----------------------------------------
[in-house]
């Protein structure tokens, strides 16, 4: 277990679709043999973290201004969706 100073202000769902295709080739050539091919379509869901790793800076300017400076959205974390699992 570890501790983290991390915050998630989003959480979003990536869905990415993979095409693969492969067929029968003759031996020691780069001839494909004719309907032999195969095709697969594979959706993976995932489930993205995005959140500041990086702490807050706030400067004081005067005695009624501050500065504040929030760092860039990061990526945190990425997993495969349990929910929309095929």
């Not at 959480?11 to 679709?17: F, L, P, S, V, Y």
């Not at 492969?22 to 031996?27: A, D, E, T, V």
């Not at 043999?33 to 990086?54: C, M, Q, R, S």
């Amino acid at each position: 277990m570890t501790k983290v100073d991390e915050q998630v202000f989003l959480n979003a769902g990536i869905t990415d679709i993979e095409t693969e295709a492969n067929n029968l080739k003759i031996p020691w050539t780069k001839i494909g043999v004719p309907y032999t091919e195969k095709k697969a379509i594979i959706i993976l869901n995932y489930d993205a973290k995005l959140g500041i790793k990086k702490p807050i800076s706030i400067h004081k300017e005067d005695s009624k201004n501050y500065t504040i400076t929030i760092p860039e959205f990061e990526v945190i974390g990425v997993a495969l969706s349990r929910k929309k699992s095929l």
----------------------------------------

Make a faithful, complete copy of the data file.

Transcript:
[in-house]
């Protein structure tokens, strides 16, 4: 277990679709043999973290201004969706 100073202000769902295709080739050539091919379509869901790793800076300017400076959205974390699992 570890501790983290991390915050998630989003959480979003990536869905990415993979095409693969492969067929029968003759031996020691780069001839494909004719309907032999195969095709697969594979959706993976995932489930993205995005959140500041990086702490807050706030400067004081005067005695009624501050500065504040929030760092860039990061990526945190990425997993495969349990929910929309095929």
């Not at 959480?11 to 679709?17: F, L, P, S, V, Y």
């Not at 492969?22 to 031996?27: A, D, E, T, V």
């Not at 043999?33 to 990086?54: C, M, Q, R, S």
């Amino acid at each position: 277990m570890t501790k983290v100073d991390e915050q998630v202000f989003l959480n979003a769902g990536i869905t990415d679709i993979e095409t693969e295709a492969n067929n029968l080739k003759i031996p020691w050539t780069k001839i494909g043999v004719p309907y032999t091919e195969k095709k697969a379509i594979i959706i993976l869901n995932y489930d993205a973290k995005l959140g500041i790793k990086k702490p807050i800076s706030i400067h004081k300017e005067d005695s009624k201004n501050y500065t504040i400076t929030i760092p860039e959205f990061e990526v945190i974390g990425v997993a495969l969706s349990r929910k929309k699992s095929l």